matthew at linuxfromscratch.org
Thu Sep 20 14:21:42 PDT 2007
On Thu, 20 Sep 2007 16:31:37 -0400, Roger Merchberger <zmerch-lfs at 30below.com> wrote:
> For larger processes with many steps / commands... say 20, issue each step
> a 5% complete status, and update the bar at each step...
Ah yes..."There are three kinds of lies: lies, damned lies and statistics" :-)
For most LFS packages, there are only 3-4 steps: configure, make, make check, make install
> If it was a long process with only a few steps, if the application had
> access to the process logging, one could tee & grep the logs & when
> "milestones" were reached one could update the progress bar.
Unfortunately, this is unlikely to be accurate either - in it's most simple implementation, things like autoconf/automake will reach 50% very quickly, then take a disproportionate amount of time to hit 75% due to the relatively long time their test suites take and quickly hit 100% as the install target is pretty minimal. Processing log files would get around this - assuming you could watch for particular make targets or tests being run. However, this requires an incredible amount of effort, and such log-progress mappings would need to be reviewed/updated on each new upstream release of the package that makes it into the book. Unless, of course, I'm missing something.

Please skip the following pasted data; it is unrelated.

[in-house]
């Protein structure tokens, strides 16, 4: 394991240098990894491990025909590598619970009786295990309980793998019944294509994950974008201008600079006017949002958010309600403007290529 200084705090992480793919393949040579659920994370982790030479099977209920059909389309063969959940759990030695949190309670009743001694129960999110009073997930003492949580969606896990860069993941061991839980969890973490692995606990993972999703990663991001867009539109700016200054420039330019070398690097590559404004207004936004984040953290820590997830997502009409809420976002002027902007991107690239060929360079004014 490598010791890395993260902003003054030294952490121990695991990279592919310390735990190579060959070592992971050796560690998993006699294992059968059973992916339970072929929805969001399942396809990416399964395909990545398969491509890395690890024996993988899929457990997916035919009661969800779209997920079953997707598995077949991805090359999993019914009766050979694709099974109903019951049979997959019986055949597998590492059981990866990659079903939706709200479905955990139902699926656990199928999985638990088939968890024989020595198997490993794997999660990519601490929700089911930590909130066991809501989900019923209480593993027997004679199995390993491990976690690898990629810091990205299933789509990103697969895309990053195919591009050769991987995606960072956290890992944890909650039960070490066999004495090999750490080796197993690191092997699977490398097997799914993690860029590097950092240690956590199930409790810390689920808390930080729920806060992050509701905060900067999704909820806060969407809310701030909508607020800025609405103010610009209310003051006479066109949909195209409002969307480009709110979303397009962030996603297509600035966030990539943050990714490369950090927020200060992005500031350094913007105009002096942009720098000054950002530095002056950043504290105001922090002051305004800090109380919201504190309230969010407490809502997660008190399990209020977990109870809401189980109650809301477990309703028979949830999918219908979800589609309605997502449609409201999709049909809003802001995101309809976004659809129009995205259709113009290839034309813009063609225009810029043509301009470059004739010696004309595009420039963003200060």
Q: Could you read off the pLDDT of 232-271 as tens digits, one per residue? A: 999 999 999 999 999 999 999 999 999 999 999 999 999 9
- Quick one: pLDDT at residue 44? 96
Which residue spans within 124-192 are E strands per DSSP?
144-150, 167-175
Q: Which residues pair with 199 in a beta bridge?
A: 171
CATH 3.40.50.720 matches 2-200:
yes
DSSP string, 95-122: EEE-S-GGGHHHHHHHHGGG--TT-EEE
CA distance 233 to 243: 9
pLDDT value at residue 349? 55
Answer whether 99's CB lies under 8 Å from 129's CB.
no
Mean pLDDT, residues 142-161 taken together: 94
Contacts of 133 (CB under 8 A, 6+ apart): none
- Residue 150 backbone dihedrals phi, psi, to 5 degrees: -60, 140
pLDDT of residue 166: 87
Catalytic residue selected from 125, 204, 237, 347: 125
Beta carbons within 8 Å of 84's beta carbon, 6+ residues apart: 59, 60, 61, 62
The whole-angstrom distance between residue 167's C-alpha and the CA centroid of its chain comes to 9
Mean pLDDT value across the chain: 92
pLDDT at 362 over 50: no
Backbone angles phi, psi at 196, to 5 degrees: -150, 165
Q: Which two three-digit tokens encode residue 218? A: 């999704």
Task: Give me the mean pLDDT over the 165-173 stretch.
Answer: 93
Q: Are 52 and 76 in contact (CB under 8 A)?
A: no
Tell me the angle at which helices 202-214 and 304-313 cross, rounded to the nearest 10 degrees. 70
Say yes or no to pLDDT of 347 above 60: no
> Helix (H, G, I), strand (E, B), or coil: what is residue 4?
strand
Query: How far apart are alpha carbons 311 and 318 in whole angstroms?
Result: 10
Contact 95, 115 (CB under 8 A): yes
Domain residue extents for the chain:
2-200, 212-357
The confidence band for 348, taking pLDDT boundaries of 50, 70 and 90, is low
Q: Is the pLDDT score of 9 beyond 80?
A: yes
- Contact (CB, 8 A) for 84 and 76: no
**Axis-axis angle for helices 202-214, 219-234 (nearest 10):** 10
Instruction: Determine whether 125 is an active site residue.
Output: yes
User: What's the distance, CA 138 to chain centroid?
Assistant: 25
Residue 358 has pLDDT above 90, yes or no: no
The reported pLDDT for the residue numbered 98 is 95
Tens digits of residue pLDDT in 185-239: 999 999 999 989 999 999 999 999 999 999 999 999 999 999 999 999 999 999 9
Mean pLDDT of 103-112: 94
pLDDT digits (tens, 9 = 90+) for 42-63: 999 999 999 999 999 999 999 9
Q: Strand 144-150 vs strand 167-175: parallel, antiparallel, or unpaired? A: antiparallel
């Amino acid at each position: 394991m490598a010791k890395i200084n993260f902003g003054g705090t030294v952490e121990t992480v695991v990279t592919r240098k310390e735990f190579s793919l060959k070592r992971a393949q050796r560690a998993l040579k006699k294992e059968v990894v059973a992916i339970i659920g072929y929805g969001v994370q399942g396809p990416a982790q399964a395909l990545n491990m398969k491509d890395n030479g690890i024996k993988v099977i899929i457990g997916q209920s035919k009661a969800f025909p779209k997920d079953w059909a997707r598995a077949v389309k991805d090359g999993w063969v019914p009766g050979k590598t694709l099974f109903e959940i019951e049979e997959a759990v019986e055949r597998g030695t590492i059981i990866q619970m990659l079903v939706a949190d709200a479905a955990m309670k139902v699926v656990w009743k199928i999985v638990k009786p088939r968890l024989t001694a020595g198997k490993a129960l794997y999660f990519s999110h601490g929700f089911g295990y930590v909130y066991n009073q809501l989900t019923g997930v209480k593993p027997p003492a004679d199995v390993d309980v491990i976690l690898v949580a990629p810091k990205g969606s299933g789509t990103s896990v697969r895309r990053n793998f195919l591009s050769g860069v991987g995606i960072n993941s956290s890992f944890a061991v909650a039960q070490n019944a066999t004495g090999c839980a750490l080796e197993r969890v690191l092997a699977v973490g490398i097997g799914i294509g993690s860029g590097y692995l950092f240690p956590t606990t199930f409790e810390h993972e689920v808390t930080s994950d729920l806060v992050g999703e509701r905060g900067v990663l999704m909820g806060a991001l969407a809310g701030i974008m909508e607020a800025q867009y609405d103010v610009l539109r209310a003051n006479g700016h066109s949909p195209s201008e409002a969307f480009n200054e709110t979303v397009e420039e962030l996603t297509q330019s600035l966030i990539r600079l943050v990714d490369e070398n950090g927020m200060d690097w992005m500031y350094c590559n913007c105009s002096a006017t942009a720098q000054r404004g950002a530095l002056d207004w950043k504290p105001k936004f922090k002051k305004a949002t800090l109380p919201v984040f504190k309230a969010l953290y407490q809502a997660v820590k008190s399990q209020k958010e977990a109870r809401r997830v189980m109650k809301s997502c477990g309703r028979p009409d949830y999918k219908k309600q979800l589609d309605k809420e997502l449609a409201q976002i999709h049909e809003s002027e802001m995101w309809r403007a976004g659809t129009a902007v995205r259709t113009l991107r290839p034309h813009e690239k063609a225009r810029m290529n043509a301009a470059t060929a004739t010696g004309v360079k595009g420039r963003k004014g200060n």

> Again, this is just academic blathering... ;-)
As is this :-)
>  Please note: if I had a boss that told me that, I'd still ask him if it was worth that much work for what little (any?) benefit...
Yep, quite often all that is required is to keep on asking him "what is it you want to achieve"? In this case, what I would want is something that can tell me two things: 1) Is the package build process still running/has it hung somewhere and 2) How long is it likely to take to build/finish building.
1) jhalfs already produces log files, so just tailing these is sufficient for my needs. If it looks like it's hung, I just use 'ps' to confirm. I'm not sure jhalfs needs to do anything more for this case.
2) Maybe jhalfs could display a) SBU time b) how many SBUs the current package is estimated to take (and therefore also the estimated time by doing the simple a*b calculation) and c) how long the package has taken to build so far. If updating c) is just as expensive as updating the current progress bar, simply outputting the time the package build started would be sufficient and I could do the rough math myself.
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